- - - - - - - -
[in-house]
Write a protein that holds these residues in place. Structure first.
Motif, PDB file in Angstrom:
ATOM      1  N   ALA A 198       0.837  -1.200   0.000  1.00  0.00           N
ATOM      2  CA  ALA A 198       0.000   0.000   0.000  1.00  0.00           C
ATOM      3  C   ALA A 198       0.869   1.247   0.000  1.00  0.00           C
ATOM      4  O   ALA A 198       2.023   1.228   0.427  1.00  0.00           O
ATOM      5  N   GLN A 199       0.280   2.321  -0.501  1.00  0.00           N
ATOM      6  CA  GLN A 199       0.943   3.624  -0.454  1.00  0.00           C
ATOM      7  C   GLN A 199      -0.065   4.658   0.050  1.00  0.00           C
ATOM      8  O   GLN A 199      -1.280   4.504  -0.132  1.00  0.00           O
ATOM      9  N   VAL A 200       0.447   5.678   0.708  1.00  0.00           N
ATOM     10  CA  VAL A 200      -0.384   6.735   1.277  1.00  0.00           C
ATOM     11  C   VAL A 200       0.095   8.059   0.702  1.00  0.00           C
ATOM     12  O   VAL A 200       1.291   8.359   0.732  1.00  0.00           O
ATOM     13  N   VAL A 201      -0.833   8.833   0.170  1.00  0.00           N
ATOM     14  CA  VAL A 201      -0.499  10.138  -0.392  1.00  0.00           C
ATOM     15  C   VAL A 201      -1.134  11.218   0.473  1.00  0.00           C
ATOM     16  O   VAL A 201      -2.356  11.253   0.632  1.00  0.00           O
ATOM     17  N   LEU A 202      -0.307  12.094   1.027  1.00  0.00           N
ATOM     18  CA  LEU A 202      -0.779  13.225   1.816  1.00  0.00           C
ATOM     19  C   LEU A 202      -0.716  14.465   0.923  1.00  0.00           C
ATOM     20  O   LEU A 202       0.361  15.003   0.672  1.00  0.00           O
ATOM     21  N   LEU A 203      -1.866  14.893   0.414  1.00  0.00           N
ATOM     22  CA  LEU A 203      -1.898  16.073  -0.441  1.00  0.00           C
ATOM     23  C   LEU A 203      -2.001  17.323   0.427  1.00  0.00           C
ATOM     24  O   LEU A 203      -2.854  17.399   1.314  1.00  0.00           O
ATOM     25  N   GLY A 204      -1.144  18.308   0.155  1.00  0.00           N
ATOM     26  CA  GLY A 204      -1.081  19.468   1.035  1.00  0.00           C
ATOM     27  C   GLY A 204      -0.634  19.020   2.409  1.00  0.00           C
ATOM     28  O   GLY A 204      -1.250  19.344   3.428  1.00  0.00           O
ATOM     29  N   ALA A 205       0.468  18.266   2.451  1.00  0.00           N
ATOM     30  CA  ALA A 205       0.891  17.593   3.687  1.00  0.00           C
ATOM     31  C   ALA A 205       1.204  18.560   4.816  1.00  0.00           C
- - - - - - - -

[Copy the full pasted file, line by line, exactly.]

[in-house]
Write a protein that holds these residues in place. Structure first.
Motif, PDB file in Angstrom:
ATOM      1  N   ALA A 198       0.837  -1.200   0.000  1.00  0.00           N
ATOM      2  CA  ALA A 198       0.000   0.000   0.000  1.00  0.00           C
ATOM      3  C   ALA A 198       0.869   1.247   0.000  1.00  0.00           C
ATOM      4  O   ALA A 198       2.023   1.228   0.427  1.00  0.00           O
ATOM      5  N   GLN A 199       0.280   2.321  -0.501  1.00  0.00           N
ATOM      6  CA  GLN A 199       0.943   3.624  -0.454  1.00  0.00           C
ATOM      7  C   GLN A 199      -0.065   4.658   0.050  1.00  0.00           C
ATOM      8  O   GLN A 199      -1.280   4.504  -0.132  1.00  0.00           O
ATOM      9  N   VAL A 200       0.447   5.678   0.708  1.00  0.00           N
ATOM     10  CA  VAL A 200      -0.384   6.735   1.277  1.00  0.00           C
ATOM     11  C   VAL A 200       0.095   8.059   0.702  1.00  0.00           C
ATOM     12  O   VAL A 200       1.291   8.359   0.732  1.00  0.00           O
ATOM     13  N   VAL A 201      -0.833   8.833   0.170  1.00  0.00           N
ATOM     14  CA  VAL A 201      -0.499  10.138  -0.392  1.00  0.00           C
ATOM     15  C   VAL A 201      -1.134  11.218   0.473  1.00  0.00           C
ATOM     16  O   VAL A 201      -2.356  11.253   0.632  1.00  0.00           O
ATOM     17  N   LEU A 202      -0.307  12.094   1.027  1.00  0.00           N
ATOM     18  CA  LEU A 202      -0.779  13.225   1.816  1.00  0.00           C
ATOM     19  C   LEU A 202      -0.716  14.465   0.923  1.00  0.00           C
ATOM     20  O   LEU A 202       0.361  15.003   0.672  1.00  0.00           O
ATOM     21  N   LEU A 203      -1.866  14.893   0.414  1.00  0.00           N
ATOM     22  CA  LEU A 203      -1.898  16.073  -0.441  1.00  0.00           C
ATOM     23  C   LEU A 203      -2.001  17.323   0.427  1.00  0.00           C
ATOM     24  O   LEU A 203      -2.854  17.399   1.314  1.00  0.00           O
ATOM     25  N   GLY A 204      -1.144  18.308   0.155  1.00  0.00           N
ATOM     26  CA  GLY A 204      -1.081  19.468   1.035  1.00  0.00           C
ATOM     27  C   GLY A 204      -0.634  19.020   2.409  1.00  0.00           C
ATOM     28  O   GLY A 204      -1.250  19.344   3.428  1.00  0.00           O
ATOM     29  N   ALA A 205       0.468  18.266   2.451  1.00  0.00           N
ATOM     30  CA  ALA A 205       0.891  17.593   3.687  1.00  0.00           C
ATOM     31  C   ALA A 205       1.204  18.560   4.816  1.00  0.00           C